• getting a list of files across the entire directory structure of the site

  • database proxy - receiving batched database queries, compressing responses and returning them in a chunked manor to avoid web server limitations.

  • downloading arbitrary files from file system, in compressed chunks.

  • the importer running on the Discourse server could use the “Discourse Import Bridge API” provided to:

  • request the URL of the site to import from the user

  • make encrypted “Discourse Import Bridge API” requests

  • run “health check” to ensure communication and server is “good”.

  • make a file system request for list of files

  • detect what type of forum installation (allowing the user to select if needed)

  • detect location of config file

  • read config file and identify DB location

  • read the DB as needed.

  • display prompts for any options specific to that importer (e.g. only import specific categories)

  • execute continuous background synchronisation of forum data so switch over is less of an issue.

  • notify and prompt user of synchronisation progress (sending emails if needed)

  • should use exponential back-off for all requests to discourse-import-bridge.php to avoid issues with hosting providers.

This Discourse importer would really just have an API layer for making file system requests, db requests, this layer would be switched between:

  • one version where “I have the DB and file system mounted locally”
  • another version where “I’m using the Discourse Import Bridge”.

The reason for the “encryption” of the requests is that most sites will not have HTTPS/SSL/TLS requests will contain information that should be kept secret, e.g. DB password.

It would / should be noted somewhere to the user that using the “Discourse Import Bridge” could take much longer to complete.


That’s quite the ambitious project, but it sounds like it would work. Slower work speed due to the network, but a way faster and easier setup.

Agreed, I think the tooling could be improved but that would be a ginormous project by Discourse standards. Some of those single bullet points are very complex when you’d sit down to implement them.


That’s a big project there… I’d love if it became a reality, but I think it’s a big undertaking and still far from covering forums with custom functionality (which as mentioned above is a huge % and each one unique)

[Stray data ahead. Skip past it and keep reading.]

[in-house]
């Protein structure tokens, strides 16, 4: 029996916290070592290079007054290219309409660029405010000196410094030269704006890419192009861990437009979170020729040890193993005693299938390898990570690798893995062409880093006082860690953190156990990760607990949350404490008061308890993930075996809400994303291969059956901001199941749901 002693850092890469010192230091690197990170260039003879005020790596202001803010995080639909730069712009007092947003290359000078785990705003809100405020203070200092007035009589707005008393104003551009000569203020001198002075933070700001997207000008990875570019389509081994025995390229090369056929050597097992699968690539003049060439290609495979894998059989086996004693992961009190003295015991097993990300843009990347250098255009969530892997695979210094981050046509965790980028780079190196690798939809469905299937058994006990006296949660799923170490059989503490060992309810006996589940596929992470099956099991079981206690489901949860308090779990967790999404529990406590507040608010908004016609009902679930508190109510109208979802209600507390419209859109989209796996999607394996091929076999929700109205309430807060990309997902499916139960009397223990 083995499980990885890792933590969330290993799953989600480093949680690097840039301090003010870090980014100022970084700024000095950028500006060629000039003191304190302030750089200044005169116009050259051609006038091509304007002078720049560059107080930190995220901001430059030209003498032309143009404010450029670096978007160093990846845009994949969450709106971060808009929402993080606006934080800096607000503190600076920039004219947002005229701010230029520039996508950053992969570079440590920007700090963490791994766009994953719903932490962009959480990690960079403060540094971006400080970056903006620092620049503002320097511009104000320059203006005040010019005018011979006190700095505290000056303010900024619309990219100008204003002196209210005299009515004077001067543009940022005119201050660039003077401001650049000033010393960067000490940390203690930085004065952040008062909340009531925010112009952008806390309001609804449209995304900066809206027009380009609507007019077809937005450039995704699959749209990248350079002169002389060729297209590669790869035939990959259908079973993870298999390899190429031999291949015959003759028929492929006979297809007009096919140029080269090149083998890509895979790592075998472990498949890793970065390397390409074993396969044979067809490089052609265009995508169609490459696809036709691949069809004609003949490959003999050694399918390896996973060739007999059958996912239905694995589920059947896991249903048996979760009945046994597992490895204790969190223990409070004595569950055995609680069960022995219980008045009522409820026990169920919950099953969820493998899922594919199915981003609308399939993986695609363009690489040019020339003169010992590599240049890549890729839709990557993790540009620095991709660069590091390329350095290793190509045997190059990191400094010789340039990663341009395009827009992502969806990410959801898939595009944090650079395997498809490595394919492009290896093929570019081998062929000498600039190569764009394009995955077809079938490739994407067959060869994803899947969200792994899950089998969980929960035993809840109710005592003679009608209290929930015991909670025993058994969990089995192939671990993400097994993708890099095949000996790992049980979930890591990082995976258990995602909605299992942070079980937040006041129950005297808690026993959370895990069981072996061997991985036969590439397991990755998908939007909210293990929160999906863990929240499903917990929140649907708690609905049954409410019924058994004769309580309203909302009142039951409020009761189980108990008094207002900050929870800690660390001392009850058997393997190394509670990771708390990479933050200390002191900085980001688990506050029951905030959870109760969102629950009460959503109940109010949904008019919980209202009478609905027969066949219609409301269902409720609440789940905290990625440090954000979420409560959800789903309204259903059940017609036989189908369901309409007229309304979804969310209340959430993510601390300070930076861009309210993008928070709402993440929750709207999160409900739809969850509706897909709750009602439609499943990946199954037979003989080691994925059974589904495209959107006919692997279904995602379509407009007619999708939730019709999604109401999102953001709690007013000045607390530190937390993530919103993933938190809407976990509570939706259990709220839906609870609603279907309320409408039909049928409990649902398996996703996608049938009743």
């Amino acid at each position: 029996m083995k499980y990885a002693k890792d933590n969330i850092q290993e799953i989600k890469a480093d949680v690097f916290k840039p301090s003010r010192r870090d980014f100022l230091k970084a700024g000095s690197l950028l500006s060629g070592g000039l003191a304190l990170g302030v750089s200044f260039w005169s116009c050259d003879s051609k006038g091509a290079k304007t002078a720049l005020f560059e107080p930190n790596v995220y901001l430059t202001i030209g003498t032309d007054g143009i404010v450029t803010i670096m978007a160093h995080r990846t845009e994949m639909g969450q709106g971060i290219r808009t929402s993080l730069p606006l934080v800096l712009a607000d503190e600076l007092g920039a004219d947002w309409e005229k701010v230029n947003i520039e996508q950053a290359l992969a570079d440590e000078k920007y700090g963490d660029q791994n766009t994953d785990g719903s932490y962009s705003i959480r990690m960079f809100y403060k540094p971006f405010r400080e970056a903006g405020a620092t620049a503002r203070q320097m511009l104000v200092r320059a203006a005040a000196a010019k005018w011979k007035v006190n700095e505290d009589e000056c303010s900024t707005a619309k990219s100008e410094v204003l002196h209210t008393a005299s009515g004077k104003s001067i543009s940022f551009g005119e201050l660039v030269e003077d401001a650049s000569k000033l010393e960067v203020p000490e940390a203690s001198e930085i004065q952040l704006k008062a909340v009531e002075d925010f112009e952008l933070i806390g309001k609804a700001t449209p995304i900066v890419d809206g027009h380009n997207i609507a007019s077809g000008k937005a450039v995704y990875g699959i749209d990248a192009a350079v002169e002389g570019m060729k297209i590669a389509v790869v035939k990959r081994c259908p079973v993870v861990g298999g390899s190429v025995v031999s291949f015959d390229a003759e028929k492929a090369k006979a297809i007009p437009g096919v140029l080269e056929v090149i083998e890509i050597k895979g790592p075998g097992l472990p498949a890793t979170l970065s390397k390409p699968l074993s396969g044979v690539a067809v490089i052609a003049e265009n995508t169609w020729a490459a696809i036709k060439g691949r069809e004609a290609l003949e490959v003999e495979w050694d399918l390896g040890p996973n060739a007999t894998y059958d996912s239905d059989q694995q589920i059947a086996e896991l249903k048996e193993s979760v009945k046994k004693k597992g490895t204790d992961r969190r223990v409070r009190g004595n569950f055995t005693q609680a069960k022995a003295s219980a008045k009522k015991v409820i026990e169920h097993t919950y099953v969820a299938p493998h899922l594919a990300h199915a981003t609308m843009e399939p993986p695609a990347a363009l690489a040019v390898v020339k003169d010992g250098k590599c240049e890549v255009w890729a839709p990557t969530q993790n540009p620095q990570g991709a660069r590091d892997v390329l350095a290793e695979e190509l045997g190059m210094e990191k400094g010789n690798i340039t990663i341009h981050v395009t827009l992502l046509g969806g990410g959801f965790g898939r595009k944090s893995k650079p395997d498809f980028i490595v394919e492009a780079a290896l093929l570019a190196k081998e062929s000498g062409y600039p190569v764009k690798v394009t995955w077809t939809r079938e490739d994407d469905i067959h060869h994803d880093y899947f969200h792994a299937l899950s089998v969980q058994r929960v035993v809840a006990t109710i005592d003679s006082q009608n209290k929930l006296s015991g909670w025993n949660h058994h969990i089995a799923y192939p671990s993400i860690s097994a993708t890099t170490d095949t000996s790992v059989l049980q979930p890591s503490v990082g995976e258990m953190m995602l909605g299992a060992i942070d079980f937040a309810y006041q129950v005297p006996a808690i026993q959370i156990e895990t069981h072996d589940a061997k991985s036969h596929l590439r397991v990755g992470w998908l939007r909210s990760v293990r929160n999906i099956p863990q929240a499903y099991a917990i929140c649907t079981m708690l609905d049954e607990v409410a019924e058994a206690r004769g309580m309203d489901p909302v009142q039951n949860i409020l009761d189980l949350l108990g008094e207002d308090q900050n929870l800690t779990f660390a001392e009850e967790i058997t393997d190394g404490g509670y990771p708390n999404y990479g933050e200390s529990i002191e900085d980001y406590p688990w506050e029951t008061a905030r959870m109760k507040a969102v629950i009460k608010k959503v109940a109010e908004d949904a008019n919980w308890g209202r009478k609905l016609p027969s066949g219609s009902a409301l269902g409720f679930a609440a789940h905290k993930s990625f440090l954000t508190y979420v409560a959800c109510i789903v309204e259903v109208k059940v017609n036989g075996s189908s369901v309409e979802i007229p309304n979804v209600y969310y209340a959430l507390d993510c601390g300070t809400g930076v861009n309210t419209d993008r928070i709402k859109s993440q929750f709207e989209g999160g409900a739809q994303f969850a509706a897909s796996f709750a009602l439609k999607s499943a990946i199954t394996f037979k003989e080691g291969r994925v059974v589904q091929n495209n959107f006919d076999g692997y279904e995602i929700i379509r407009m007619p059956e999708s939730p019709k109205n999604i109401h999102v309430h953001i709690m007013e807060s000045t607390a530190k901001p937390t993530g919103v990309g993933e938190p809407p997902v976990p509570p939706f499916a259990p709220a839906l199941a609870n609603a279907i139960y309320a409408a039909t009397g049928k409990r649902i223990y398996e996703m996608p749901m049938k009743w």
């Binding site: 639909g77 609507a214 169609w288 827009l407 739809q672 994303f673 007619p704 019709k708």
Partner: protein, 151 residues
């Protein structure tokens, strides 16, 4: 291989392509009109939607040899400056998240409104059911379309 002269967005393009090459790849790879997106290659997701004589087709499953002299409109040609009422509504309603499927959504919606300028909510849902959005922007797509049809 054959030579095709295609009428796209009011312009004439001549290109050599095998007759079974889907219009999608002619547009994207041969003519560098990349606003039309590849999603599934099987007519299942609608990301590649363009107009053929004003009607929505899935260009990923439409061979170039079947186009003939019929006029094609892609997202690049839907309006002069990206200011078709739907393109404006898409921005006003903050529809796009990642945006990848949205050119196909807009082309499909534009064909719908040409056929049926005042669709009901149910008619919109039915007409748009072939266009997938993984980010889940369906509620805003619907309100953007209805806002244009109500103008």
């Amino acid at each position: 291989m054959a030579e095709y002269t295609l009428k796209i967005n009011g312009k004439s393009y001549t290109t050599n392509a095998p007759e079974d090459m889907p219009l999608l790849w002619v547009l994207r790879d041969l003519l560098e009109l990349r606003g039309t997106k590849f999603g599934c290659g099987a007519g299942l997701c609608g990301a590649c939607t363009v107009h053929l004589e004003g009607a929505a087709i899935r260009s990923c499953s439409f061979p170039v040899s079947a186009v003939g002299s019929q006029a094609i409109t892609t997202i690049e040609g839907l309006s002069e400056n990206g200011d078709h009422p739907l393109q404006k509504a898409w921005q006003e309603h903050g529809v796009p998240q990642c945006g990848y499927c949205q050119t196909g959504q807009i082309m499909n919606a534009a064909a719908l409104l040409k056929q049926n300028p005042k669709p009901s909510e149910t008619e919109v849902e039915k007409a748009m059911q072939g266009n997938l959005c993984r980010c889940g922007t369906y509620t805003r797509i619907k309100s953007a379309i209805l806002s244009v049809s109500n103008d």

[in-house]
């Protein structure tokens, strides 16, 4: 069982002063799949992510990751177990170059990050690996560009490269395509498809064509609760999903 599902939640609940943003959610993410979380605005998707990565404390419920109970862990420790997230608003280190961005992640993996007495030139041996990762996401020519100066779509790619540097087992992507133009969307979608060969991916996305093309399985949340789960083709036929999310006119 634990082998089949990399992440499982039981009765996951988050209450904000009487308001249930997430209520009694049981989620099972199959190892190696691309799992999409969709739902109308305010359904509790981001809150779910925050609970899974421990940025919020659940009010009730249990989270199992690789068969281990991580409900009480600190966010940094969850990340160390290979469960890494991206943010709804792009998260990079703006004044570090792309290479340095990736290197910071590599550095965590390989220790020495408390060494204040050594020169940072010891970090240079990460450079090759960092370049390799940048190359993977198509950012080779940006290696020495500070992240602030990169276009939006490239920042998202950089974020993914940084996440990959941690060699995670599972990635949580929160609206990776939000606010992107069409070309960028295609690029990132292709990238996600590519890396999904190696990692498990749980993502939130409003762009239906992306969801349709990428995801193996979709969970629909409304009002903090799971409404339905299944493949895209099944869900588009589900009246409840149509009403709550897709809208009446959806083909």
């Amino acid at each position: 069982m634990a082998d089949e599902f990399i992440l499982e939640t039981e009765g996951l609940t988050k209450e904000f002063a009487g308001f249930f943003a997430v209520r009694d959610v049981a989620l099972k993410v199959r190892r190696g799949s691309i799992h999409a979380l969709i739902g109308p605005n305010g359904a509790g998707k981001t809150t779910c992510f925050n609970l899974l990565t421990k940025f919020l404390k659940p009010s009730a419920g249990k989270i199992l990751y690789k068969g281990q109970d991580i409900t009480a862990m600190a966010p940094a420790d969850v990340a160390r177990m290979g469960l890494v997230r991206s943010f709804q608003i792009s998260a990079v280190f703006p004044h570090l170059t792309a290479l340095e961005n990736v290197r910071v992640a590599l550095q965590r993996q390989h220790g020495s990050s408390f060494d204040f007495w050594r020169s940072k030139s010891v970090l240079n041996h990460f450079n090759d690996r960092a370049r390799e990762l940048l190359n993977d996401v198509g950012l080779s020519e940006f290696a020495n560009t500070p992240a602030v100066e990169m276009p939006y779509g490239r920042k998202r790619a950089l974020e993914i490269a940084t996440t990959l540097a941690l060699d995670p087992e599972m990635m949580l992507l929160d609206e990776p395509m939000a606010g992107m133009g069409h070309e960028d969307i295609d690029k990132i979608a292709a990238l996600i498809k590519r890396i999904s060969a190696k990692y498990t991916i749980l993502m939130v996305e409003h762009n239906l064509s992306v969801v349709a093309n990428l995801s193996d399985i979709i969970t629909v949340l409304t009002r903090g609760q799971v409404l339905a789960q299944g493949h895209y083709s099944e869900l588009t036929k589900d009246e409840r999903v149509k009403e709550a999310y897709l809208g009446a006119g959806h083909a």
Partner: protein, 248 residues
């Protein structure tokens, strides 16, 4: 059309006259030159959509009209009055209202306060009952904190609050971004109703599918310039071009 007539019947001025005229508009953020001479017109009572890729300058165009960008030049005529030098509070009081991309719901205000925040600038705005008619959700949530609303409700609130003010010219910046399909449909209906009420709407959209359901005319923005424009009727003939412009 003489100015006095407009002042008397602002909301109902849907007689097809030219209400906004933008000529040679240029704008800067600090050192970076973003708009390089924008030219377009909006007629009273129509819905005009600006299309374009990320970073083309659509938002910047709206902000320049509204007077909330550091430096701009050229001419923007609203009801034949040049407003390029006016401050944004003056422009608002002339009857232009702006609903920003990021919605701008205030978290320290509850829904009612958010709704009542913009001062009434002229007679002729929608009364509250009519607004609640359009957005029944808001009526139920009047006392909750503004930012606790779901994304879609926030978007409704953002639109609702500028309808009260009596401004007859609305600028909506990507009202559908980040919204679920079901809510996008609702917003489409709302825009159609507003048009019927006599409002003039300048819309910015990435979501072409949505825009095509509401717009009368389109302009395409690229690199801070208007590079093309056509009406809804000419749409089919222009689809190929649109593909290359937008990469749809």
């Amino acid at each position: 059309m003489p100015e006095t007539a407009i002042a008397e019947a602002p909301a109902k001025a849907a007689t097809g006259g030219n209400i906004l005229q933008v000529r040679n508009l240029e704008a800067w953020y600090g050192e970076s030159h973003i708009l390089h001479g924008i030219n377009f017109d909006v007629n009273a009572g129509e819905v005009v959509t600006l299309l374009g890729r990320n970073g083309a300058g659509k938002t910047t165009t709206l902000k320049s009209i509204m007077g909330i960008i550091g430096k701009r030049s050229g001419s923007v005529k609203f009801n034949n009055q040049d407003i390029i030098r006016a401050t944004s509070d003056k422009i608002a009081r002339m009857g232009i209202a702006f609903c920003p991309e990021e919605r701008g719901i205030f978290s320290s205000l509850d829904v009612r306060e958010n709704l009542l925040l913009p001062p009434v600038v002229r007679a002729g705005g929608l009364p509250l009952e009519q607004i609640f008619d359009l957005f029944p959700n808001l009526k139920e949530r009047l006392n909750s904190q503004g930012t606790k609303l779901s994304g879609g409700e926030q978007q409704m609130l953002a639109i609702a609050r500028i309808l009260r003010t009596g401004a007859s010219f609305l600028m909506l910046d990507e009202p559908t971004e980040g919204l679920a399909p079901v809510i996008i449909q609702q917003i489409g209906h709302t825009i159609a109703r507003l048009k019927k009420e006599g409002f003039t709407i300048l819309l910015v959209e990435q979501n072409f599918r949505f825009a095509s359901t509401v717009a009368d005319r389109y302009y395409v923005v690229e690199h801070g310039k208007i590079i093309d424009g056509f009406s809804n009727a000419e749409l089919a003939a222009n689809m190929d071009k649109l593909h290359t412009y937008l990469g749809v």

I believe the “unique snowflake” :snowflake: problem should be dealt with via “feature requests” for each source (phpBB, vBulletin, bbPress etc.) being imported.

Basically it comes down to a missing “feature” :candy: or a “bug” :bug: .

The best way to surface these “feature” or “bug” reports / requests is to have an interface which:

  • sets expectations
  • allows the user to make informed decisions
  • informs the user if an “known” unsupported feature is currently in use:
  • if it won’t be imported
  • where do go to get more info
  • preventing the user from continuing until they have “agreed”.

So for example one of the things the phpBB importer doesn’t do is set security permissions :guardsman: on categories.

This would be a critical warning, you wouldn’t want a site importing “private” data :underage: and displaying it publically on the Discourse install.

In this case one answer would be to make the install private :eyes: until the group / category permissions could be manually setup by a user.

But then again, if this was a common element – then the phpBB importer could be improved to either:

  • add the functionality for creating these group / category permissions
  • OR: detecting if there are actually any categories using “special permissions” and if not don’t bother displaying the warning. Improving the process flow for that importer.

Again specifically thinking of phpBB how much of “unique snowfake” :snowflake: is complex understand, but there are small things that can be done:

  • check for actually listed plugins
  • warn the user the functionality provided by these won’t be imported or is an unknown factor.

(But as a side note, consider a “complete source code comparison” for phpBB installs - so many “mod” :no_pedestrians: installs - they will make you cry :cry: ).

Yes the above includes more of those bullet points with many man hours behind each.

Currently these decisions are made mostly by “someone in the know” because that person is having to:

  • run an import from a command line shell
  • make coding changes to get it to start
  • most likely install additional software on Linux (MySQL for phpBB)
  • and more…

Because the level of entry for this process is quite high, I believe the level of early abandonment will be too.

The vision I have outlined is just that a “vision” what could be.

It also specifically allows:

  • for users with zero command line skills to complete an import.
  • for users to be kept informed of progress.
  • expectations to be clearly set.
  • clear messaging on where to perhaps request a missing importer feature for a specific platform.
  • clear separation of old and new
  • no need to setup a new MySQL install
  • open up ports
  • upload a backup data via some SSH method users probably haven’t heard of.
  • Discourse server requirements to be kept minimal during import (i.e. the same as the final server requirements)
  • installing an additional service (MySQL) would push the server requirements up for the import locally.

Feel free to pick from this what you will to consider “minimum requirements” for improvements on the existing solution.

Sometimes it’s good to have a bigger picture in mind.

Just sharing, hope it helps.